For many, meeting someone new can be nerve-wracking enough without that dreaded feeling of “What if I can’t think of anything to say?” Fortunately, there’s a powerful and effective method for getting very comfortable with social small talk; making it work for both you and the other person.
Janine from Oregon writes:
“Bob, I understand your concept of Feel-Good Questions® in order to comfortably engage a new prospect in conversation But I just want to be more comfortable with those first few seconds of small talk? I know some people who are so good at it, but I feel completely inept — like I just don’t know what to say and neither does the other person. I hate that uncomfortable silence. What do I do?”
Janine, I believe more people than you realize have that same challenge. Silence — as the saying goes — may be golden, but not when you’re trying to begin a conversation with a new acquaintance. For advice, I turned to Leil Lowndes, a woman I consider to be the foremost authority in this area.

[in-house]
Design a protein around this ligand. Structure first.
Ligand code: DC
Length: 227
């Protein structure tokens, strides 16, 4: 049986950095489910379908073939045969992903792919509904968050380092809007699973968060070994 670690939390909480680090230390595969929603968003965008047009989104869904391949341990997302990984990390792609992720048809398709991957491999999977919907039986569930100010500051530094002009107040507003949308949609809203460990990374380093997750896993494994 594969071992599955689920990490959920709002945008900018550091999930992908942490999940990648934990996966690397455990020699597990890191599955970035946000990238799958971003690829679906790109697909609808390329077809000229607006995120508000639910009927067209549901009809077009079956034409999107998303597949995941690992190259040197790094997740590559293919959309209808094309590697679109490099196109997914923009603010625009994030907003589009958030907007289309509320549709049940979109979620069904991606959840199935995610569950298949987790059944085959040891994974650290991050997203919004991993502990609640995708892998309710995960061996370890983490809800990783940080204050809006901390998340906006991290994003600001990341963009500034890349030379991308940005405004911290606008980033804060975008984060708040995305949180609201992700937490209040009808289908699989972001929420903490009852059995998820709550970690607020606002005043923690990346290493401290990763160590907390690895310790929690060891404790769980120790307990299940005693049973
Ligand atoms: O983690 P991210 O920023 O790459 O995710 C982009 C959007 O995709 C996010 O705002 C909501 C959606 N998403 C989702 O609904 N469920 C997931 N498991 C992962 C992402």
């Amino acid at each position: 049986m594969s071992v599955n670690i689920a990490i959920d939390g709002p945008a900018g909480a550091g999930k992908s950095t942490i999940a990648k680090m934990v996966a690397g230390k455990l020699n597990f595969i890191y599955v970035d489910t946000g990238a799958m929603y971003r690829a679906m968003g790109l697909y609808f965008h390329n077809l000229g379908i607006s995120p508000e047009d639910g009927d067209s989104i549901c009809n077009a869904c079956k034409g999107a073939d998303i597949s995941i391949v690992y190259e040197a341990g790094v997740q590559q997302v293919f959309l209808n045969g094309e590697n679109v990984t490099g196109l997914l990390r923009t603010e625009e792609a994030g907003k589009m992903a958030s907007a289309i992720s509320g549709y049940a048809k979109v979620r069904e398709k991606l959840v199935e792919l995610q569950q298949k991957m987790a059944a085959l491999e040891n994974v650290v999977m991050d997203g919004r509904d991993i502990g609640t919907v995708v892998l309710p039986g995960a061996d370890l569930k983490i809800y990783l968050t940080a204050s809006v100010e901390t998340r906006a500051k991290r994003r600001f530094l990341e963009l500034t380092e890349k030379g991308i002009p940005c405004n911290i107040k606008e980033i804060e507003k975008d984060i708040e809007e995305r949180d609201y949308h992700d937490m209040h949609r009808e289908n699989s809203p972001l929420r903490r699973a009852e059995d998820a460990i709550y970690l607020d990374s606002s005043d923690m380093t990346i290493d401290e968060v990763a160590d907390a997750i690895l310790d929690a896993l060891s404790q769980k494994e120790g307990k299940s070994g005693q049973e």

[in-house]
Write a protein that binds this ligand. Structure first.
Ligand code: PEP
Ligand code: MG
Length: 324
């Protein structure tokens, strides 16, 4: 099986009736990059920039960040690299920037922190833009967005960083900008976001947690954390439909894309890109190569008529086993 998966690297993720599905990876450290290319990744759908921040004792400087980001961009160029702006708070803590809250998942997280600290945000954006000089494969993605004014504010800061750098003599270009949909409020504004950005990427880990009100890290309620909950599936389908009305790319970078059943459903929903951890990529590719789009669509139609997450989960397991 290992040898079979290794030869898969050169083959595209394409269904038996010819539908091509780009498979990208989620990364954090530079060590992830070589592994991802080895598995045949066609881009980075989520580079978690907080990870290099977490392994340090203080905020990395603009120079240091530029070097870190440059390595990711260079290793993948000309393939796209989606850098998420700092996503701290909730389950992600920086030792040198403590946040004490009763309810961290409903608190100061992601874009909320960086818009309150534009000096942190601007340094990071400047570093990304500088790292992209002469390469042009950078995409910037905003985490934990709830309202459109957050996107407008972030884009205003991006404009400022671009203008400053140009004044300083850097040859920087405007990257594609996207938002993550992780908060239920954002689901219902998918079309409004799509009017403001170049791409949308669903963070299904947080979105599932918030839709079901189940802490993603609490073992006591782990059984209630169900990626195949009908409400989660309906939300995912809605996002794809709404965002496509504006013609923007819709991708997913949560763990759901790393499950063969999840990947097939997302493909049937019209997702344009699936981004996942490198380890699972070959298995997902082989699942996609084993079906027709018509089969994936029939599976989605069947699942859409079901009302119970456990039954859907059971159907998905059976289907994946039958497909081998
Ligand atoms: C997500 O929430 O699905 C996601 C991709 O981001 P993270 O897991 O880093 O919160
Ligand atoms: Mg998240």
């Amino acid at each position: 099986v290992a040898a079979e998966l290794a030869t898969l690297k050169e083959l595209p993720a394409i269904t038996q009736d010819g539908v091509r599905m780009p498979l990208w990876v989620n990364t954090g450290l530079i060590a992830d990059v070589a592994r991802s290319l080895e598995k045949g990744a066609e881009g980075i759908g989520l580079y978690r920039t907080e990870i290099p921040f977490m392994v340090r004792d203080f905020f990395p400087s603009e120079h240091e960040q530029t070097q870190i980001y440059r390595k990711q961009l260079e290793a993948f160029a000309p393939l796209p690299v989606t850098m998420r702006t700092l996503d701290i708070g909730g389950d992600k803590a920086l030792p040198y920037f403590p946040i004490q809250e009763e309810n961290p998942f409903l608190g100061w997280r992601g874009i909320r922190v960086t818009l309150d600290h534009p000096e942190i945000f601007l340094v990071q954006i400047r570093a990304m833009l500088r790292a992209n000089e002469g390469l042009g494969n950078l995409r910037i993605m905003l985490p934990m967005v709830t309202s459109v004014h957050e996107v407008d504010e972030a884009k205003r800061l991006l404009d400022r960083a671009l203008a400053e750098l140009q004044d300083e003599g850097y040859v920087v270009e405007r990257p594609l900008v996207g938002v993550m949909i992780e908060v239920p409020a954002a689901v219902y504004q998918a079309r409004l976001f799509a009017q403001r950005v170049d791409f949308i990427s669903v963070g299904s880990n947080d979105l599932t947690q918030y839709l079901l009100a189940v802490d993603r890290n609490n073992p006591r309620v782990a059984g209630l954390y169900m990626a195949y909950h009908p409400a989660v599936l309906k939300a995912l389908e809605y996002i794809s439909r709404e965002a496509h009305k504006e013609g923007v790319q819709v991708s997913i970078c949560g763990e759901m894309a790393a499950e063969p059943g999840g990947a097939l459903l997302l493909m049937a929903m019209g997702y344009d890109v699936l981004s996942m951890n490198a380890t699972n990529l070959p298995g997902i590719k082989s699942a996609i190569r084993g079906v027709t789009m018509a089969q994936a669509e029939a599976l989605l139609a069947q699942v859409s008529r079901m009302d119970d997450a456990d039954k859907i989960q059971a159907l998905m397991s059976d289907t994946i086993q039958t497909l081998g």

In her book, Talking the Winner’s Way, she suggests “not letting your conversation be exposed defenseless against the two inevitable ‘assaults’ — ‘Where are you from?’ and ‘What do you do?'”
Leil cites the example, “You’re at a convention. Everyone you meet will, of course, ask, ‘And where are you from?’ If you answer, ‘Muscatine, Iowa’ or ‘Denver, Colorado’ what can you expect except a blank stare? You’ll receive a panicked look. They’re racking their brains thinking, ‘What do I say next?'”
Instead, Leil suggests making it easy for them to respond cleverly. You ensure this by “adding an extra sentence or two about your city — some interesting fact or witty observation — to bring the asker into the conversation.” (Example: I might say, “I’m from Jupiter, Florida, hometown of Burt Reynolds.” That really opens the door for conversation.)
Leil goes a step further and says you can specifically gear your extra sentence to the person with whom you’re conversing. She urges us to have an interesting fact about our city or town that would be of interest to a business person, a politician, a sports enthusiast, etc. You can also craft your extra sentence for answering the question, “And what do you do for a living?”
I heartily recommend Leil’s book. Actually, all her books! All it takes is a little practice, Janine, and you’ll become (and be perceived by others as) a master conversationalist.
Meanwhile, friends; along these lines, is there something similar you have found to be effective that you can share with us?